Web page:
You current clients/customers are likely an untapped resource of additional revenue. After all, it is much easier to sell to someone who already likes you than it is to win over a new person.
But there’s a lot of competition out there.
There’s a saying in the restaurant industry that a diner who described their meal as “satisfactory” will never be back again. In order to get return customers, upsells, and referrals you must do better than just meeting expectations. You must exceed them.
Thankfully, as they say, the difference between ordinary and extraordinary is just a little extra. In this article, we’ll give you seven quick ideas on how to create those extra opportunities that will translate into greater upsell and referral opportunities. When someone is “wowed” they will buy more and talk about you (exactly what you need for referrals).
How to Go from Ordinary to Extraordinary for More Upsells and Referrals
Offer samples without people requesting them. When someone is looking at something in your business, offer them samples. Don’t even ask. One restaurant brings individual samples of gelato to the table at the end of the meal. Even if the diners don’t buy any, they leave with a (literal) pleasant taste in their mouth which could yield a return visit or referrals.
Send/give swag. If you mail your products or bag them, consider adding something unexpected in the package. Pure Vida sends branded stickers. Some companies stick in a postcard. The surprise needn’t be expensive. The point is it’s unexpected and that is delightful.
Invite engagement. Make sure every purchase is accompanied with a request to engage on social media but don’t make it about you. Most people are excited when they make a purchase, and they want to show it off. Invite them to share a picture of themselves using the product or service. Give them a hashtag and perhaps some incentive to share such as a contest entry or a future discount. If you have a well-known brand sometimes simply retweeting them and being on your radar is enough.
Send “just because” discounts. Some companies send birthday offers but not everyone feels comfortable giving you their birthdate these days. Instead, send “just because specials” periodically and thank them for being a fantastic customer. If they haven’t purchased recently, tell them you miss them and give them reason to return.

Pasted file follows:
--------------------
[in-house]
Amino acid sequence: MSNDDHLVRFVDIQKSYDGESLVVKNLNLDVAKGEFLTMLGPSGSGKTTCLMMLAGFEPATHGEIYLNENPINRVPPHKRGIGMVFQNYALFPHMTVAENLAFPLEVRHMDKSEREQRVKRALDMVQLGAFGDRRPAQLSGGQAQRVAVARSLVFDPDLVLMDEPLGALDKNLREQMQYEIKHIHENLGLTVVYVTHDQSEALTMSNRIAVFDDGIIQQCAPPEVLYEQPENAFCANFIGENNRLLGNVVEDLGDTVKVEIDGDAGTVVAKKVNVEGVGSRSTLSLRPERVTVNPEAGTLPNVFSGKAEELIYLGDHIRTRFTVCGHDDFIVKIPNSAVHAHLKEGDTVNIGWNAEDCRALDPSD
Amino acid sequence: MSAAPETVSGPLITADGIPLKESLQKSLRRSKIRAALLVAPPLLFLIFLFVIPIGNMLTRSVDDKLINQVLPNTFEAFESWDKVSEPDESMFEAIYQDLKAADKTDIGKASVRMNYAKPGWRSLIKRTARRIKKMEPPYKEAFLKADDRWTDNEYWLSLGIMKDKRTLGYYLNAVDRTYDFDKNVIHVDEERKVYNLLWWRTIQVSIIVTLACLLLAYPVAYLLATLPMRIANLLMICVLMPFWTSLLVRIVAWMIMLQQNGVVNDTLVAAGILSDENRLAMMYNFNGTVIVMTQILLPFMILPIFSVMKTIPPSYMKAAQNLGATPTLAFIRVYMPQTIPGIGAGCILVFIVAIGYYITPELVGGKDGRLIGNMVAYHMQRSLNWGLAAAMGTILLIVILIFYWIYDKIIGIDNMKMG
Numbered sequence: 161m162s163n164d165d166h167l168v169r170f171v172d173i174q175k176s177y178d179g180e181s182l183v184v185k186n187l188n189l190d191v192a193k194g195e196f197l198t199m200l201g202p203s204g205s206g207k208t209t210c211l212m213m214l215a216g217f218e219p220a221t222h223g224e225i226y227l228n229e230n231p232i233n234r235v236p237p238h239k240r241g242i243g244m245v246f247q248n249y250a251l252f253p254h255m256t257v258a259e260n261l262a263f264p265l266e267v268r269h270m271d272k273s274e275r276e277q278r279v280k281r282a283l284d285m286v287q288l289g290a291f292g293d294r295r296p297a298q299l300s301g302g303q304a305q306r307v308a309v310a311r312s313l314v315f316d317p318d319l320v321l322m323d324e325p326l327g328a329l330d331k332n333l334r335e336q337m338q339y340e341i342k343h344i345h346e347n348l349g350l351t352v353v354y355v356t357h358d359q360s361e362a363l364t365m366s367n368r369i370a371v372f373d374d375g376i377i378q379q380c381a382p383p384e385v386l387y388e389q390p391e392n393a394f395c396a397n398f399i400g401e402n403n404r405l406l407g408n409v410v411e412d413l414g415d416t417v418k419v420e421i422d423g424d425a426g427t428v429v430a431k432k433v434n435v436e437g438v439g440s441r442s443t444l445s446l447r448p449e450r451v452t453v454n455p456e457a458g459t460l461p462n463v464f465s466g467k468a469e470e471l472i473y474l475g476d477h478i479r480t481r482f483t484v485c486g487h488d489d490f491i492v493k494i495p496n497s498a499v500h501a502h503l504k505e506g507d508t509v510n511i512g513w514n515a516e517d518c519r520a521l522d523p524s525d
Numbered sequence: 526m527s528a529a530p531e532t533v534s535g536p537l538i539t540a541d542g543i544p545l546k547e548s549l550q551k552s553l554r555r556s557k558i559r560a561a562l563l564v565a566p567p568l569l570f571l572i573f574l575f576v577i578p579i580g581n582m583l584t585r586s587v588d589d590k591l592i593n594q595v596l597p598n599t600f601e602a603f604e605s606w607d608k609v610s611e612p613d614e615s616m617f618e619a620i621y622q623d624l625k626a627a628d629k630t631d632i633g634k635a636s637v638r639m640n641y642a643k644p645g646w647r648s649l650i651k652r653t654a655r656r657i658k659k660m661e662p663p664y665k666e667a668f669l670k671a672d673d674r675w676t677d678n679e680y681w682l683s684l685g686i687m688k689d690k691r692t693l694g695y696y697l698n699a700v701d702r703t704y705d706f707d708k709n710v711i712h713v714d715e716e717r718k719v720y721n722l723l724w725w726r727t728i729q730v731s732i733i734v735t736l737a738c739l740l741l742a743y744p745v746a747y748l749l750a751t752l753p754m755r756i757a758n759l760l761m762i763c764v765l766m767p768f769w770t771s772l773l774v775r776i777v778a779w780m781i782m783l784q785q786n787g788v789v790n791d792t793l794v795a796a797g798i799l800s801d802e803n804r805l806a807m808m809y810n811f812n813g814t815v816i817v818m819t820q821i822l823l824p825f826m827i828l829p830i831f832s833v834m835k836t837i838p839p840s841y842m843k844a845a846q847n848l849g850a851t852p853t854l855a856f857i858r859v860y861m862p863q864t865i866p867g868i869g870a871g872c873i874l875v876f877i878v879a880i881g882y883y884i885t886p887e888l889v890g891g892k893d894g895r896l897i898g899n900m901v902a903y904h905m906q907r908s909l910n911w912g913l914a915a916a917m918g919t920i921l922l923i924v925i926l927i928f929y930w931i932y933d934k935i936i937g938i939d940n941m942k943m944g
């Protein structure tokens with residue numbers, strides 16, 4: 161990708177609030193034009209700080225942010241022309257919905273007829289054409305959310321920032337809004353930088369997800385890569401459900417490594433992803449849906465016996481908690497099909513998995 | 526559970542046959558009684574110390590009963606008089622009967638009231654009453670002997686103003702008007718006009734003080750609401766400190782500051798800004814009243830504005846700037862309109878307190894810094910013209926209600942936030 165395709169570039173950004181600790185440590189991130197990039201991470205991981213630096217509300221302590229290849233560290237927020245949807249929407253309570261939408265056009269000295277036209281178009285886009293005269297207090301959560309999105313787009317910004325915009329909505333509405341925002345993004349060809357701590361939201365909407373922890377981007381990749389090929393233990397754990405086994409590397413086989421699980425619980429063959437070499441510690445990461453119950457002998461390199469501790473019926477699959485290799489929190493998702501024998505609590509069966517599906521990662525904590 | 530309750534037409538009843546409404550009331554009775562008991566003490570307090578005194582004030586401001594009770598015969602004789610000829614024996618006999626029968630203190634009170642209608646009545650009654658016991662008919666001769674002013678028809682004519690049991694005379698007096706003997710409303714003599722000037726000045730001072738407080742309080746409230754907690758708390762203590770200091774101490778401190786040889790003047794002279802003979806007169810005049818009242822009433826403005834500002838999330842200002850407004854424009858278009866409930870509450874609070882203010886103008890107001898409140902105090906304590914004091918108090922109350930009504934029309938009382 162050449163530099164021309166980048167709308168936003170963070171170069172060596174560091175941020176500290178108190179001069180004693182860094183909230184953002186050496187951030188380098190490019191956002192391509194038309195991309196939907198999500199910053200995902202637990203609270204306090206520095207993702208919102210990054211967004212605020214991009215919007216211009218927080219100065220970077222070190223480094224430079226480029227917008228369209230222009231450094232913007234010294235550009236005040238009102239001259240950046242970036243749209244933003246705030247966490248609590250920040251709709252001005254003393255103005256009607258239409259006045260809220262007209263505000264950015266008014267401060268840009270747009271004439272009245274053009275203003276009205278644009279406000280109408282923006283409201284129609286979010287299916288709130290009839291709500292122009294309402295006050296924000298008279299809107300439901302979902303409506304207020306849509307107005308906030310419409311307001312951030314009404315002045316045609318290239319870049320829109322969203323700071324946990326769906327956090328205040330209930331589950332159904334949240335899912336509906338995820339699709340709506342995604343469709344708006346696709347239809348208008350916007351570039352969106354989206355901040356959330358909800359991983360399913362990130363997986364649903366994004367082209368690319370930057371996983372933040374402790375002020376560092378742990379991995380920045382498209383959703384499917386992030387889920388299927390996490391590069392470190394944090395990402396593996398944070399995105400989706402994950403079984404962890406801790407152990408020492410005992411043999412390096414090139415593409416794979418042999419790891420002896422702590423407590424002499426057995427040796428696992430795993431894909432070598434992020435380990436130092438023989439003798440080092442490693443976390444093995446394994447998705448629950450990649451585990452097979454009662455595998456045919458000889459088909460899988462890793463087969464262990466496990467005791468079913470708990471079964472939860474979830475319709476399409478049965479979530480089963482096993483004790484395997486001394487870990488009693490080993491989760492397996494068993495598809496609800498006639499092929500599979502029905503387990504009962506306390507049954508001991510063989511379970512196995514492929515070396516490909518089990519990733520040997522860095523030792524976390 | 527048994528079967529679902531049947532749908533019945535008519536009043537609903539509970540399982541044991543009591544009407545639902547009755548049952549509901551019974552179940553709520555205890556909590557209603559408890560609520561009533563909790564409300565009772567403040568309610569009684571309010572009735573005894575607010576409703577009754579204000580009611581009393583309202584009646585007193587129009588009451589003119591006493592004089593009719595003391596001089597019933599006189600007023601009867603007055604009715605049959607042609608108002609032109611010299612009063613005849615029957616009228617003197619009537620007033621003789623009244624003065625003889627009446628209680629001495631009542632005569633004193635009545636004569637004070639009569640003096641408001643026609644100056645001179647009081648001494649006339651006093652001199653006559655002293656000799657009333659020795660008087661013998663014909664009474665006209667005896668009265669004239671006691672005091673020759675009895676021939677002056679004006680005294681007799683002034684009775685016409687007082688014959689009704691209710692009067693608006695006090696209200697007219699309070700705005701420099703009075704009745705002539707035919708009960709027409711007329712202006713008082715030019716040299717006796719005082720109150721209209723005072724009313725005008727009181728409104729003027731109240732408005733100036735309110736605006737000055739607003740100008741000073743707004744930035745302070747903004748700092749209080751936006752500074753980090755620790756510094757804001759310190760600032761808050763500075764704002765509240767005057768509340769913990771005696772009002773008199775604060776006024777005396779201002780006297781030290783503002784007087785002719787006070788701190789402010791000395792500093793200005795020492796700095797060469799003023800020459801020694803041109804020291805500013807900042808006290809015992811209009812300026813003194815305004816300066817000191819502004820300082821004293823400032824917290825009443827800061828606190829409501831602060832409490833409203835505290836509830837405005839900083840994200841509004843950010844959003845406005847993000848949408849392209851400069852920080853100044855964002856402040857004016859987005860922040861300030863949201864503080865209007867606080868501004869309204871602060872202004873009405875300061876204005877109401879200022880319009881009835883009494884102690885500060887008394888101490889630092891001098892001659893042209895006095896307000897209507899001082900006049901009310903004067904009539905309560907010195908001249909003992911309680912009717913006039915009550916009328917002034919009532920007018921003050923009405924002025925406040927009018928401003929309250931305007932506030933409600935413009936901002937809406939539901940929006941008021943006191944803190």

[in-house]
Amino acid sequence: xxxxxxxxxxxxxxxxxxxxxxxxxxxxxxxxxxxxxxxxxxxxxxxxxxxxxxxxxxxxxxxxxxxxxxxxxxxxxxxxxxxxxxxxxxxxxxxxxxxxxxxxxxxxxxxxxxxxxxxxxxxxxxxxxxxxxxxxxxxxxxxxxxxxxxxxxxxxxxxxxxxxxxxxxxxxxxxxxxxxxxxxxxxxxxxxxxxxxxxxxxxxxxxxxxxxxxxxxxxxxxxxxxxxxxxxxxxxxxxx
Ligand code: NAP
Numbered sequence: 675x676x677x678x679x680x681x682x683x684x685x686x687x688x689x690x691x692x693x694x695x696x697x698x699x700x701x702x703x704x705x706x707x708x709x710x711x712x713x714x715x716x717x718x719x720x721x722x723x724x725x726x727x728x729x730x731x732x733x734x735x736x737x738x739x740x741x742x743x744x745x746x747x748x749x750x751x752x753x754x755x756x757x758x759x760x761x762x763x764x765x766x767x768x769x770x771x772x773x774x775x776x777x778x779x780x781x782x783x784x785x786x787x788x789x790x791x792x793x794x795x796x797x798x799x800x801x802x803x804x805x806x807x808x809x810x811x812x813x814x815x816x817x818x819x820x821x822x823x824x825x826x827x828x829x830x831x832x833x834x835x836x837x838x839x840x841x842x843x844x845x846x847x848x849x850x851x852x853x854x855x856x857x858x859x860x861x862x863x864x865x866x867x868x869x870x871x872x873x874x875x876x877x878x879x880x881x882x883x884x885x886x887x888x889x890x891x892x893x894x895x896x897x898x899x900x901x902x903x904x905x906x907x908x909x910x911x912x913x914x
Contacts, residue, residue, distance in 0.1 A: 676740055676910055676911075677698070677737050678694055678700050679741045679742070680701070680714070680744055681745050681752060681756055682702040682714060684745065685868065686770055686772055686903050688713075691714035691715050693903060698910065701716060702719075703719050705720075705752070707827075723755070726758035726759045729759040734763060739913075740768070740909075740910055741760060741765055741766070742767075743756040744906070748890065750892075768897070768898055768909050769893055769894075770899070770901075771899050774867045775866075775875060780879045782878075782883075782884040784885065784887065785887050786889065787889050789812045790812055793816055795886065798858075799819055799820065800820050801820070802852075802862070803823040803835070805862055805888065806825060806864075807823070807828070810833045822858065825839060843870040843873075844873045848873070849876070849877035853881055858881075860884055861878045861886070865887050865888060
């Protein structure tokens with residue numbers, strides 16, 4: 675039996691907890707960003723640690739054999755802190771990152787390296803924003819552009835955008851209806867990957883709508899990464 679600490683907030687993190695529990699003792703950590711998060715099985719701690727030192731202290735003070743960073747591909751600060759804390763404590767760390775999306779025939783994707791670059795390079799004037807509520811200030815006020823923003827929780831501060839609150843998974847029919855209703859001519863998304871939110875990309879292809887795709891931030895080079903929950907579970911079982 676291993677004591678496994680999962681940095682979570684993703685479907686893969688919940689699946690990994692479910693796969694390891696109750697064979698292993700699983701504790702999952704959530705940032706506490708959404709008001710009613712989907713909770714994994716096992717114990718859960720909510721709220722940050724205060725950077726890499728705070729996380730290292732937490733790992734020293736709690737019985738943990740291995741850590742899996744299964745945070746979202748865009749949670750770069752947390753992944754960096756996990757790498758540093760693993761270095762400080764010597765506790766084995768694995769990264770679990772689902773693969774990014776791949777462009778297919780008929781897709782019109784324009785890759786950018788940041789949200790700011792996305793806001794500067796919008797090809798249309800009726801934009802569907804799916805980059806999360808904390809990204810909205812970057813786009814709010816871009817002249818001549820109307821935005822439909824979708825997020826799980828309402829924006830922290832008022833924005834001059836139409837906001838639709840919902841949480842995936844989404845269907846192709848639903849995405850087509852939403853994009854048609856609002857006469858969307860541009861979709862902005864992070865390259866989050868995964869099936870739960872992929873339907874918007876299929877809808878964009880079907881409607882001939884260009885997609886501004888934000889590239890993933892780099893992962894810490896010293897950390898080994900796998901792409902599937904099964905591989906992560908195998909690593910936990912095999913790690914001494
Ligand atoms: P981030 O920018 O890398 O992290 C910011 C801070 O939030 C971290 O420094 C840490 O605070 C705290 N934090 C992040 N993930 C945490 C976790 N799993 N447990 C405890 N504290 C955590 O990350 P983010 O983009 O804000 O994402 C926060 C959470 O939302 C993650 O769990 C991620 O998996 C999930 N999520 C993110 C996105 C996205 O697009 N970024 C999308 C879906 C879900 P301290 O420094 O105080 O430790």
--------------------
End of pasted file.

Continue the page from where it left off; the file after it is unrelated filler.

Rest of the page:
Drop expiration dates. If you use coupons, don’t turn someone away because their coupon is past the expiration date. Make it well known that you will accept coupons whenever the customer is ready to use them.
Put everyone to work. It may not scale to have your CEO or owner answer customer support questions all day. However, giving leadership the opportunity to field the occasional question or post a response on social media or to a review can make someone’s day and get them talking about you. The customer will be in shock that leadership responded. And it will make them (and everyone who reads the interaction) think that leadership is reading every review or comment.
Follow and respond on social media. Don’t simply post what’s going on in your world. Learn what’s going on in your customer’s as well. Set Google alerts for mentions of your business, what you sell, and your area. Listen to conversations going on around you and join them when it makes sense and when you can add value. Also, don’t hide behind the brand. When you are posting, use your name even if you’re responding from your brand’s account. People are more likely to interact with a person than a company name.
If you want to cut through the noise and get more upsells and referrals, you want to make people feel special and valued. Think about experiences you’ve had as a customer. How can you replicate those in your business?
Christina R. Metcalf (formerly Green) is a marketer who enjoys using the power of story and refuses to believe meaningful copy can be written by bots. She helps chamber and small business professionals find the right words when they don’t have the time or interest to do so. Christina hates exclamation points and loves road trips.